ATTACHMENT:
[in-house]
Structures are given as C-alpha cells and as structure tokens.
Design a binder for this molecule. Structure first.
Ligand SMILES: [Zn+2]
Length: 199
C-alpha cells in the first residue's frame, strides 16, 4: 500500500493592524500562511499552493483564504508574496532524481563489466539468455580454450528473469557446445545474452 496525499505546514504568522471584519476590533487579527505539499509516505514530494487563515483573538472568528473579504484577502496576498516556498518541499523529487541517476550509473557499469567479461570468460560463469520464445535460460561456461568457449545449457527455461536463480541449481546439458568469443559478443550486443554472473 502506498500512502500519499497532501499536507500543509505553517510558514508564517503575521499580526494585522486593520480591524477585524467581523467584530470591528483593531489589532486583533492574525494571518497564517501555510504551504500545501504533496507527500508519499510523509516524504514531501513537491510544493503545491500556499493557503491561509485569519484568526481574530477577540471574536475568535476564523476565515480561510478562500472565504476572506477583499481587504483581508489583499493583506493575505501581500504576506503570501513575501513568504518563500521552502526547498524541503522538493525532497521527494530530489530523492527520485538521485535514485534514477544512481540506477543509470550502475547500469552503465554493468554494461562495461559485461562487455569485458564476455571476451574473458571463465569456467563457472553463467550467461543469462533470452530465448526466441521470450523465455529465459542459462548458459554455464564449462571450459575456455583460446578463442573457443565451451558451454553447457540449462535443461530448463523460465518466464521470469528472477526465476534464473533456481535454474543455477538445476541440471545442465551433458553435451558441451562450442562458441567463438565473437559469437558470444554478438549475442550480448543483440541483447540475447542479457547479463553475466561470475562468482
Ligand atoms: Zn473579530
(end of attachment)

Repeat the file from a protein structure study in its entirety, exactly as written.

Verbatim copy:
[in-house]
Structures are given as C-alpha cells and as structure tokens.
Design a binder for this molecule. Structure first.
Ligand SMILES: [Zn+2]
Length: 199
C-alpha cells in the first residue's frame, strides 16, 4: 500500500493592524500562511499552493483564504508574496532524481563489466539468455580454450528473469557446445545474452 496525499505546514504568522471584519476590533487579527505539499509516505514530494487563515483573538472568528473579504484577502496576498516556498518541499523529487541517476550509473557499469567479461570468460560463469520464445535460460561456461568457449545449457527455461536463480541449481546439458568469443559478443550486443554472473 502506498500512502500519499497532501499536507500543509505553517510558514508564517503575521499580526494585522486593520480591524477585524467581523467584530470591528483593531489589532486583533492574525494571518497564517501555510504551504500545501504533496507527500508519499510523509516524504514531501513537491510544493503545491500556499493557503491561509485569519484568526481574530477577540471574536475568535476564523476565515480561510478562500472565504476572506477583499481587504483581508489583499493583506493575505501581500504576506503570501513575501513568504518563500521552502526547498524541503522538493525532497521527494530530489530523492527520485538521485535514485534514477544512481540506477543509470550502475547500469552503465554493468554494461562495461559485461562487455569485458564476455571476451574473458571463465569456467563457472553463467550467461543469462533470452530465448526466441521470450523465455529465459542459462548458459554455464564449462571450459575456455583460446578463442573457443565451451558451454553447457540449462535443461530448463523460465518466464521470469528472477526465476534464473533456481535454474543455477538445476541440471545442465551433458553435451558441451562450442562458441567463438565473437559469437558470444554478438549475442550480448543483440541483447540475447542479457547479463553475466561470475562468482
Ligand atoms: Zn473579530